brachiopod


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brachiopod

any marine invertebrate animal of the phylum Brachiopoda, having a ciliated feeding organ (lophophore) and a shell consisting of dorsal and ventral valves
References in periodicals archive ?
27 species f rom 13 genera regarding Late Permian brachiopod s were recognized in the present research work, Theost significant brachiopod families, in terms of frequency and variety, included Productida, Strophomenida, Rhynconellida and Athyris.
Brachiopods are numerous and well preserved there, making them an ideal group of animals to test the link between abundance and extinction.
3) It is possible that the larvae of these inarticulate brachiopods suvived by becoming attached to the firm substrate of the bivalve shell.
1 is different from the columnar structure of acrotretoid brachiopod shells (Williams & Holmer 1992), as well as from that of Mickwitzia shells (Skovsted & Holmer 2003), where columns penetrate initially organic-rich layers.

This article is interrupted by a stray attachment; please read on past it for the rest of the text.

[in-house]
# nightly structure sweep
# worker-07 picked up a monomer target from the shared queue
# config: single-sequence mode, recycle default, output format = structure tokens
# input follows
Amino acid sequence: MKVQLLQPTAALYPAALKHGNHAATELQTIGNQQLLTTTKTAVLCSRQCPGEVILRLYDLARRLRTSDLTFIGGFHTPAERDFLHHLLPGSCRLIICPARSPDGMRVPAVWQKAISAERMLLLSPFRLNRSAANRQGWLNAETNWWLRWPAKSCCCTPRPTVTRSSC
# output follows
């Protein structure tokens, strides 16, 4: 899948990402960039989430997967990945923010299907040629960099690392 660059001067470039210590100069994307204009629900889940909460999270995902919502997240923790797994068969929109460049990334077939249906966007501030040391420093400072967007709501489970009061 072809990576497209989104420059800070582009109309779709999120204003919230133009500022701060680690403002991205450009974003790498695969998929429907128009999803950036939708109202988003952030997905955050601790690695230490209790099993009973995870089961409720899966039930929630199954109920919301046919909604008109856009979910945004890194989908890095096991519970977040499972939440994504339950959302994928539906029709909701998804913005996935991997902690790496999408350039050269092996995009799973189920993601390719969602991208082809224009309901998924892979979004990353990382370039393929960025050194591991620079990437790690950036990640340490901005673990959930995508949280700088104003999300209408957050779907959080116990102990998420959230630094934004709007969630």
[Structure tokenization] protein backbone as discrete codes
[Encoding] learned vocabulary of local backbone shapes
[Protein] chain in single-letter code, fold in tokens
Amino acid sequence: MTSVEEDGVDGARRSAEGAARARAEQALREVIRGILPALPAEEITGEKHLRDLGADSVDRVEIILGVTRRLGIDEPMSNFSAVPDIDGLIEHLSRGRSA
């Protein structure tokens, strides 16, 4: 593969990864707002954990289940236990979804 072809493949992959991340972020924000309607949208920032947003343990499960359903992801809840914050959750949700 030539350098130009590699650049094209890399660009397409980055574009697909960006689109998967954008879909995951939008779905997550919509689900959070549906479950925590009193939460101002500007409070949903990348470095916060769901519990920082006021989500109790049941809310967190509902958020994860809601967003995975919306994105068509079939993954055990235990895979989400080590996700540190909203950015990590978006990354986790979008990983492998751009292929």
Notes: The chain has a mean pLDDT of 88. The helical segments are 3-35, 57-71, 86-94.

In contrast, brittle stars and brachiopods were dense in low-relief mixed rock but rare or absent in low-relief mixed sediment.
Mississippian brachiopod biostratigraphy and the Osagean-Meramecian boundary in south-sentral Indiana.
The appearance of brachiopod shells is similar to that of bivalves; however, brachiopods are different anatomically from bivalves and are considered to be unrelated evolutionarily to Mollusca (Pennington & Stricker 2001).
The central slit visible in your mould represents a prominent central ridge characteristic of pentamerid brachiopod shells, which served as an attachment point for strong muscles that opened and closed the shells.
girardeauensis is restricted to strata that contain a latest Ordovician, Hirnantian, brachiopod fauna (Amsden and Barrick, 1986).
One can find the phosphatic Obolus sandstone, including brachiopod bivalves and fragments, radioactive alum shale, glauconite-rich gray bentonite clay and glauconitic sandstone.